The British Broadcasting Corporation (BBC) is in a thug of war with the Ethiopian government. The last time the two locked horns was around five years ago when an investigative reporting exposed how aid money was siphoned off to buy arms by the then rebels when the country suffered the worst drought in the mid 1980s.
Last week a BBC correspondent, Clive Myrie, had produced a four-minute piece about the drought currently affecting over eight million people. The TV broadcast included interviews with some locals who bore the brunt of the catastrophe and who said people have already died.
The report apparently irked the government. First to react was the Ethiopian embassy in London which always feel they are duty bound to respond to BBC because of their physical proximity to Bush House. They lashed out at the report calling it “sensational news broadcast.”
Then a string of others followed in quick succession. An official from the Prime Minister’s office told the local Sheger FM that BBC’s report was “intended to tarnish the image of the country.” He explained at length how El Nino was to blame for the calamity. The El Nino narrative seems to be the most agreed upon explanation by the officials for the current situation. When Ethiopian Foreign Minister Dr Teodros Adhanom was interviewed on the Voice of America, he never missed a chance to dwell on it. This same narrative was repeatedly told in all the news and other stories aired on the local media. To drive the point home, some politicians including Dr Teodros had no qualms comparing the situation with the drought in California.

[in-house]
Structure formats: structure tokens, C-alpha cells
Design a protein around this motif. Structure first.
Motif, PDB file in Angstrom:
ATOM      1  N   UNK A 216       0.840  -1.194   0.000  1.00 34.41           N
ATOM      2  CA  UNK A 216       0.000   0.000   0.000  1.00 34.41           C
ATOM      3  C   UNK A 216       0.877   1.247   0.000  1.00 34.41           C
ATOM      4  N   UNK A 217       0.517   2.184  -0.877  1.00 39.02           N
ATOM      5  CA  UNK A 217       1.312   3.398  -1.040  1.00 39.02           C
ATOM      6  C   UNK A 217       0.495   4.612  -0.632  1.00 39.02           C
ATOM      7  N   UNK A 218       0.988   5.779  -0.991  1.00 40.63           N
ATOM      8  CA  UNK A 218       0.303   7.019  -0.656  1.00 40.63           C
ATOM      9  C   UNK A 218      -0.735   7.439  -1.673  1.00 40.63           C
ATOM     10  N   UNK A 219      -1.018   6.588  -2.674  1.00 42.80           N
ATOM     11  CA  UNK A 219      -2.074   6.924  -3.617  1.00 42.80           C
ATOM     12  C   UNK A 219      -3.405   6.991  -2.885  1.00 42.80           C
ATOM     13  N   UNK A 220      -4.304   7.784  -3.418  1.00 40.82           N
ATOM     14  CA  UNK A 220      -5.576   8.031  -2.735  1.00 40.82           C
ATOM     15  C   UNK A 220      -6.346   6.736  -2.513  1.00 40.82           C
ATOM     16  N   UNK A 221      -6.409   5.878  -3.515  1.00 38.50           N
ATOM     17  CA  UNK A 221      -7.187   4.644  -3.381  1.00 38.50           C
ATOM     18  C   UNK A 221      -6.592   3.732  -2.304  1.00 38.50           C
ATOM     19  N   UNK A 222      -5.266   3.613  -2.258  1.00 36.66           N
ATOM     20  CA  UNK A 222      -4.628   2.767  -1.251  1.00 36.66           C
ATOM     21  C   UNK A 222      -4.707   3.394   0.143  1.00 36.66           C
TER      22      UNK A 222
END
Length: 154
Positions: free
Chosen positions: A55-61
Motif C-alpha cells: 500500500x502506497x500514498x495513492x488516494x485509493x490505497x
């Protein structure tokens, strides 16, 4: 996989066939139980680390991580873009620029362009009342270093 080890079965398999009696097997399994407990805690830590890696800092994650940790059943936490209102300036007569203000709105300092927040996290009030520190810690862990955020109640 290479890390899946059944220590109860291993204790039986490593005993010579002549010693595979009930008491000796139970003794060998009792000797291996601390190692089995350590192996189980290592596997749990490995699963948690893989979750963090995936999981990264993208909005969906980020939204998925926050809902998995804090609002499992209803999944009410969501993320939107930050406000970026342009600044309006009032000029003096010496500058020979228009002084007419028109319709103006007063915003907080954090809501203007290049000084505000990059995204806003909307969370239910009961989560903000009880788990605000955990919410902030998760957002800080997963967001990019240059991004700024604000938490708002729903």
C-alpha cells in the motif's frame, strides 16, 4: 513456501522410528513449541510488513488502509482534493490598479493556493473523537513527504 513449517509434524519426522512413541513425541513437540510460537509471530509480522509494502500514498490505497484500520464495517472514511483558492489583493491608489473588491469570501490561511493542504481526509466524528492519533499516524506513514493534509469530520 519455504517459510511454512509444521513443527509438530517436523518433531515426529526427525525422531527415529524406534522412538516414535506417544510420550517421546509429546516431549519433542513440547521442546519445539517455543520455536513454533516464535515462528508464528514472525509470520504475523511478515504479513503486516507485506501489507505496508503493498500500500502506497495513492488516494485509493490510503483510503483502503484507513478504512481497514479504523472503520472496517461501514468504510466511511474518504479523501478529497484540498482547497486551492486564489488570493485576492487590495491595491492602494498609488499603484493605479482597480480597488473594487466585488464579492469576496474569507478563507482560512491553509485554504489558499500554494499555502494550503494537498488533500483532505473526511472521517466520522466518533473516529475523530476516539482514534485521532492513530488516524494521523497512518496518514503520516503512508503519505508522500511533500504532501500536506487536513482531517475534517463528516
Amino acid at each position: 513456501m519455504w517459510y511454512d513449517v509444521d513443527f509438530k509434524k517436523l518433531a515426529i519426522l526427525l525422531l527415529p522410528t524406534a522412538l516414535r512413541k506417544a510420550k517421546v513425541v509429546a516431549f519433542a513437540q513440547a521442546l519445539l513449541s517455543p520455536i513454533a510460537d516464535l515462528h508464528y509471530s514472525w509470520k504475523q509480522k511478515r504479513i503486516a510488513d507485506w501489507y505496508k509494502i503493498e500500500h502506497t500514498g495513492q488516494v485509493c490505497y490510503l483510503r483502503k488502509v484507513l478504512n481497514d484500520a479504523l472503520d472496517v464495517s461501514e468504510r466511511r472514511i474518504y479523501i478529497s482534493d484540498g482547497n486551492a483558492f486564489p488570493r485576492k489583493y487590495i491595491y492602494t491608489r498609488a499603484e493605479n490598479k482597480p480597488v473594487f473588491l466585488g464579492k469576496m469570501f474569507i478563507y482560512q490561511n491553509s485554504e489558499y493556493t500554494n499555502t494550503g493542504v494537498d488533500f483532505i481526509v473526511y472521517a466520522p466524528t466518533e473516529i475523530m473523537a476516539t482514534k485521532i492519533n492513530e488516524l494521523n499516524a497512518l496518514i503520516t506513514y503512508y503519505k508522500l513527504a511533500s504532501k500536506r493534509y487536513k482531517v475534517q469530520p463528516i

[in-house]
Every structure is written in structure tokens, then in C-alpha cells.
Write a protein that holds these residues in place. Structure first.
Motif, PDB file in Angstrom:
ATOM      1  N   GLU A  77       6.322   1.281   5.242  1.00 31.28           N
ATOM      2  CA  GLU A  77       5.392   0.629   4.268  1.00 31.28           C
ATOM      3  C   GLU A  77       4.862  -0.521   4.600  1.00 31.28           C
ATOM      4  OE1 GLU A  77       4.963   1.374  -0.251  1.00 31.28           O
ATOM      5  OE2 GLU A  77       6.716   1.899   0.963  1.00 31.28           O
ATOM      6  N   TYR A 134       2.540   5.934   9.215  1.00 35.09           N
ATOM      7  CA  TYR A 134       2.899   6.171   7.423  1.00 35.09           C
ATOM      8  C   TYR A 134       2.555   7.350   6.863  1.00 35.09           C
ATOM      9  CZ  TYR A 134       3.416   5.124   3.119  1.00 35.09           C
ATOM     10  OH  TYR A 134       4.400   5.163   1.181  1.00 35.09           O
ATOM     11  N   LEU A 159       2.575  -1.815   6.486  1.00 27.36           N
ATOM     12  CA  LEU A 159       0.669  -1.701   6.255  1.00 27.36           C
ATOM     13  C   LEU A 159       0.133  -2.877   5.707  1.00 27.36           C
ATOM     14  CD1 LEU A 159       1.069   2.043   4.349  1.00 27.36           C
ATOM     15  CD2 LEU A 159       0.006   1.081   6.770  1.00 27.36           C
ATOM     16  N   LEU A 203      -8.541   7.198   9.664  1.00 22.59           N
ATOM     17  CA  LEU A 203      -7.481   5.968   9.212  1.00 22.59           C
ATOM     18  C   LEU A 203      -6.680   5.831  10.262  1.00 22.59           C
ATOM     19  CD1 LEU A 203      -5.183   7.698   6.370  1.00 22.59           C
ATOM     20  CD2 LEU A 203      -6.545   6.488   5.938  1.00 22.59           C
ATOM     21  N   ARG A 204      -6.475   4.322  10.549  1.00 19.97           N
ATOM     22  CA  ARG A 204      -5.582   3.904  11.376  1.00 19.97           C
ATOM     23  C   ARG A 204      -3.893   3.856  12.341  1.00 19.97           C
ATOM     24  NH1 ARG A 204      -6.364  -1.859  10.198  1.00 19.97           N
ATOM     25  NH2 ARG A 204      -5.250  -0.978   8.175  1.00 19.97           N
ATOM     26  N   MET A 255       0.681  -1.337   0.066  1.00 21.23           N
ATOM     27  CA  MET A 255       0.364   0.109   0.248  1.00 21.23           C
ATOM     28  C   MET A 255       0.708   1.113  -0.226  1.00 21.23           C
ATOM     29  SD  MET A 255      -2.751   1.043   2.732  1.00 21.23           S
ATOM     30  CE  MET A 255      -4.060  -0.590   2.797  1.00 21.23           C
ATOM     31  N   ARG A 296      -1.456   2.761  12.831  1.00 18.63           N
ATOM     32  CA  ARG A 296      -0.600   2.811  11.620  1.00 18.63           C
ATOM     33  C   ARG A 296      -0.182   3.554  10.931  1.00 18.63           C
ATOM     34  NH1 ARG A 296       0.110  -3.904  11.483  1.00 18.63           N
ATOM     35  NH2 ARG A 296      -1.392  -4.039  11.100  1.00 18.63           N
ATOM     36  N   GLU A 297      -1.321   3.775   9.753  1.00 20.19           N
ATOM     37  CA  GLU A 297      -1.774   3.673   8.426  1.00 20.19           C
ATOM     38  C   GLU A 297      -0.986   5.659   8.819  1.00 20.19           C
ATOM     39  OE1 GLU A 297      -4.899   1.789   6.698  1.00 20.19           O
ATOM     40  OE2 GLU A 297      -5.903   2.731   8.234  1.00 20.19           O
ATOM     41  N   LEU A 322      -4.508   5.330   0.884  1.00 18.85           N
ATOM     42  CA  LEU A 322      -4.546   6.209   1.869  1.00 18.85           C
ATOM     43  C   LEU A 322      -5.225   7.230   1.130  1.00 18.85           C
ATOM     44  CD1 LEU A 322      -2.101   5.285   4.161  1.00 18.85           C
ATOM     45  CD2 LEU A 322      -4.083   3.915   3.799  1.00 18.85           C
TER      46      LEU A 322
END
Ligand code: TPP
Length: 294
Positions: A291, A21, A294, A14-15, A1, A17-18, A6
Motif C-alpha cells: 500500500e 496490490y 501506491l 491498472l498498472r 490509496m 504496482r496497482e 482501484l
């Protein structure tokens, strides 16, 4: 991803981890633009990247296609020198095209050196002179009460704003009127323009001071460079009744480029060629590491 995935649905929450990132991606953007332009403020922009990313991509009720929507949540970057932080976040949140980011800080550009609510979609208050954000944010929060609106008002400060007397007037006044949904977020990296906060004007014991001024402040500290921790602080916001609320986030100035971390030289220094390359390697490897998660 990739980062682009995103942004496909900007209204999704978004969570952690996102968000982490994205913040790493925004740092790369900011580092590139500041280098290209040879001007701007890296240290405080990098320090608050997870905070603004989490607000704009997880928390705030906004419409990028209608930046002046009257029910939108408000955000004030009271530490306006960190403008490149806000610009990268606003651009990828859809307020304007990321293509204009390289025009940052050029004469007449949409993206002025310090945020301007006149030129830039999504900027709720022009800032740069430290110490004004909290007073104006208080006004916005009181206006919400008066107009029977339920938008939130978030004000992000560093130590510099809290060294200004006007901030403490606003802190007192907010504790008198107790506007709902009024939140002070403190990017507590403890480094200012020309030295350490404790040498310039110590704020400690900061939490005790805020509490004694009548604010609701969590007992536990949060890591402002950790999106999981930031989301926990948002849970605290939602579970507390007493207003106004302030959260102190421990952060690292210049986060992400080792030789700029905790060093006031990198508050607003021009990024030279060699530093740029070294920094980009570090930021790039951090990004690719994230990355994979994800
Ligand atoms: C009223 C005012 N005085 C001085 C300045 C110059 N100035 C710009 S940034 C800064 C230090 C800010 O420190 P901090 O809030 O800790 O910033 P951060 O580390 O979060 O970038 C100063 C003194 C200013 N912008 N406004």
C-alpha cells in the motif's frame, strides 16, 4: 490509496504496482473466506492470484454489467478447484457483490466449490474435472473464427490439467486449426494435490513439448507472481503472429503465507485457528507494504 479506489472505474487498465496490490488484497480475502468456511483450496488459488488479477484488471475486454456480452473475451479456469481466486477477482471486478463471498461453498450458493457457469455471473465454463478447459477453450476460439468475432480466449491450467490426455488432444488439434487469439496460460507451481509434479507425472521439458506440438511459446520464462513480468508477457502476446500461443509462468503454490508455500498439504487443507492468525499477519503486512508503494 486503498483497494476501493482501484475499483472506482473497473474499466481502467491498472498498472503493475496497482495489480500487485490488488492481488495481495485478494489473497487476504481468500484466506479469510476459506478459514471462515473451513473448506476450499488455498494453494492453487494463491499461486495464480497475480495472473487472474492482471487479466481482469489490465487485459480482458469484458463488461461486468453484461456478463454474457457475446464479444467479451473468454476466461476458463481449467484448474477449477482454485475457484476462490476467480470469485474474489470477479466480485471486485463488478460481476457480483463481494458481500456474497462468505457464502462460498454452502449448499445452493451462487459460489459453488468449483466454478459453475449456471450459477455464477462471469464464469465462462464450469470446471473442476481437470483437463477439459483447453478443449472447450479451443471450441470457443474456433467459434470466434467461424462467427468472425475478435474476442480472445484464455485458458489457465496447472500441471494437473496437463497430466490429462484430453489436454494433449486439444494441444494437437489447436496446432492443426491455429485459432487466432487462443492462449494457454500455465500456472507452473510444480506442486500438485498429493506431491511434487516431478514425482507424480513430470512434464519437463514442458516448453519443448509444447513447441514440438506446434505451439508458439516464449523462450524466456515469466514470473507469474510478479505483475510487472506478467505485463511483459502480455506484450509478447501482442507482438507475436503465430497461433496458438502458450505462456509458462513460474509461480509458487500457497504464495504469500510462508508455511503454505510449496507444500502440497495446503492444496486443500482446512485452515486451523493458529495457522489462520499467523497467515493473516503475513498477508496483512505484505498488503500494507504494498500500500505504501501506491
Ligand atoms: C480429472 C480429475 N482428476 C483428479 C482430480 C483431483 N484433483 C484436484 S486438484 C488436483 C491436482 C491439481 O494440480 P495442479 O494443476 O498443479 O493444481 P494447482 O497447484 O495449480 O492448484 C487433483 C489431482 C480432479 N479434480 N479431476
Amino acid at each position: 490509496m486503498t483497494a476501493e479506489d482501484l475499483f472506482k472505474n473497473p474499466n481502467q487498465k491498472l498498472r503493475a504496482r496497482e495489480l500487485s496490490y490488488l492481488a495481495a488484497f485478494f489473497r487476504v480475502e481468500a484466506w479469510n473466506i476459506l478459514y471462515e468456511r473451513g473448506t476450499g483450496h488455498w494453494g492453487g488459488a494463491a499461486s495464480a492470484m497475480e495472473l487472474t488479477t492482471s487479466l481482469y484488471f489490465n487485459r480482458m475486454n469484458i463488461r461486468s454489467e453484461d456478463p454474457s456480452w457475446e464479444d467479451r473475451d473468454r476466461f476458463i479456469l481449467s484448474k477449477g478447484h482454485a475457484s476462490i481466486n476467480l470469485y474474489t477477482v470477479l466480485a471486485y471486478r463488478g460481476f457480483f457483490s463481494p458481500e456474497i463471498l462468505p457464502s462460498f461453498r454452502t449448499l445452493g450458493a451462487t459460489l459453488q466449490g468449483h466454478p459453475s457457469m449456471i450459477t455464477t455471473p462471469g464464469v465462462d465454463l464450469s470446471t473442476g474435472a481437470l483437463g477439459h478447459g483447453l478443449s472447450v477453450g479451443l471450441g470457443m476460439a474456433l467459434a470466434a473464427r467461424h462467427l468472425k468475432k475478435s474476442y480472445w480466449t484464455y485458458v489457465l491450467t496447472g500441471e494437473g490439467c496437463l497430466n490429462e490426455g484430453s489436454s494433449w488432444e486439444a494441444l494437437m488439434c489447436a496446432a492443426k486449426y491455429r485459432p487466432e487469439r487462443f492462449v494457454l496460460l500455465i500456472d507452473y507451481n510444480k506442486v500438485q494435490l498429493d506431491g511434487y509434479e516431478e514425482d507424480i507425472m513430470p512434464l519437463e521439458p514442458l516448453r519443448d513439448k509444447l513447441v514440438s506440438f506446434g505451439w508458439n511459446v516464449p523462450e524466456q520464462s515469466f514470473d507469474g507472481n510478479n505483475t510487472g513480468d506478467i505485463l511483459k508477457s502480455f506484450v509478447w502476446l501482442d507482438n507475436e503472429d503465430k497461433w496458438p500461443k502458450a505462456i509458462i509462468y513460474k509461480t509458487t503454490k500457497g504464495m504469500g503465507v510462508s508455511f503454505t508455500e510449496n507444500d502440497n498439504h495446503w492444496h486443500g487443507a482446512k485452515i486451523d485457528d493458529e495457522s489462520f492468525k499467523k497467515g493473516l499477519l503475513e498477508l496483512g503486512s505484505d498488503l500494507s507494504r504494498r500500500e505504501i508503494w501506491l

Over the weekend the Bahir Dar based Amhara Television (ATV), which by and large is an extension of the state-run Ethiopian Broadcasting Corporation (formerly ETV), came up with a report accusing the BBC coverage of misconstruing the interviewees statements.
With the one-to-five country-wide controlling mechanism, it didn’t take long to the crew of ATV to locate the folks who gave interviews. They were made to retract the statements on the regional TV. What makes the case awkward for the locals is they don’t even know what the BBC had reported as it is inconceivable for them to have electricity, let alone TV, and even more so cable networks.
It is a common practice in the country to go after people who meet foreign media or rights groups. In 2011 a discussion with Amnesty International cost Bekele Gerba of the Oromo Federalist Congress four years in prison.
So BBC and Ethiopian officials may not see eye to eye for some time to come. Clive may not get his accreditation renewed, hardly the first foreign correspondent to walk that line. As to the villagers, if appearance is anything to go by, then they have nothing to lose except their misery.